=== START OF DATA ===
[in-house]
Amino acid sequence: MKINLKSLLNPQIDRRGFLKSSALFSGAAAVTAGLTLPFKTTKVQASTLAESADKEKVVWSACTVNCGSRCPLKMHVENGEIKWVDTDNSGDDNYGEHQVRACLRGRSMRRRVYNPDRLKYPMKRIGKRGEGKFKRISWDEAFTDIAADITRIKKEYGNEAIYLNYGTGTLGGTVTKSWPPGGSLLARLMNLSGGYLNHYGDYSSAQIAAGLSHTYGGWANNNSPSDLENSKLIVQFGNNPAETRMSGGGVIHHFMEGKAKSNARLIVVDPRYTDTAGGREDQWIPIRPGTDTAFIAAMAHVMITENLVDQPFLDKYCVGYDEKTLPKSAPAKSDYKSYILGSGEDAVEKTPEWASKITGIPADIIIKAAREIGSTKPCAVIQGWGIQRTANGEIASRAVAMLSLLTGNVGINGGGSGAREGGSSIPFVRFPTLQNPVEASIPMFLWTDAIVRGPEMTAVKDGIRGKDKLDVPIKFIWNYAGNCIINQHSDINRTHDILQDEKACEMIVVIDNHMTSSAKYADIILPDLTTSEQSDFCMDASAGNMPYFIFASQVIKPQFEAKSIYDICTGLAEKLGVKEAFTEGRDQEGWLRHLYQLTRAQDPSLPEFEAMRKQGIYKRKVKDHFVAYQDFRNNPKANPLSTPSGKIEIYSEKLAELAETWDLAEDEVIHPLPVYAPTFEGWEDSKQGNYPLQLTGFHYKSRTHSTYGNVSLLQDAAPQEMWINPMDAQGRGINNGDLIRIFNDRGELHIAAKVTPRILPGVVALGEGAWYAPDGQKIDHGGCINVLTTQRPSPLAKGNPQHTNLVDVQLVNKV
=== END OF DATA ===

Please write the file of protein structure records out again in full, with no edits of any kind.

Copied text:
[in-house]
Amino acid sequence: MKINLKSLLNPQIDRRGFLKSSALFSGAAAVTAGLTLPFKTTKVQASTLAESADKEKVVWSACTVNCGSRCPLKMHVENGEIKWVDTDNSGDDNYGEHQVRACLRGRSMRRRVYNPDRLKYPMKRIGKRGEGKFKRISWDEAFTDIAADITRIKKEYGNEAIYLNYGTGTLGGTVTKSWPPGGSLLARLMNLSGGYLNHYGDYSSAQIAAGLSHTYGGWANNNSPSDLENSKLIVQFGNNPAETRMSGGGVIHHFMEGKAKSNARLIVVDPRYTDTAGGREDQWIPIRPGTDTAFIAAMAHVMITENLVDQPFLDKYCVGYDEKTLPKSAPAKSDYKSYILGSGEDAVEKTPEWASKITGIPADIIIKAAREIGSTKPCAVIQGWGIQRTANGEIASRAVAMLSLLTGNVGINGGGSGAREGGSSIPFVRFPTLQNPVEASIPMFLWTDAIVRGPEMTAVKDGIRGKDKLDVPIKFIWNYAGNCIINQHSDINRTHDILQDEKACEMIVVIDNHMTSSAKYADIILPDLTTSEQSDFCMDASAGNMPYFIFASQVIKPQFEAKSIYDICTGLAEKLGVKEAFTEGRDQEGWLRHLYQLTRAQDPSLPEFEAMRKQGIYKRKVKDHFVAYQDFRNNPKANPLSTPSGKIEIYSEKLAELAETWDLAEDEVIHPLPVYAPTFEGWEDSKQGNYPLQLTGFHYKSRTHSTYGNVSLLQDAAPQEMWINPMDAQGRGINNGDLIRIFNDRGELHIAAKVTPRILPGVVALGEGAWYAPDGQKIDHGGCINVLTTQRPSPLAKGNPQHTNLVDVQLVNKV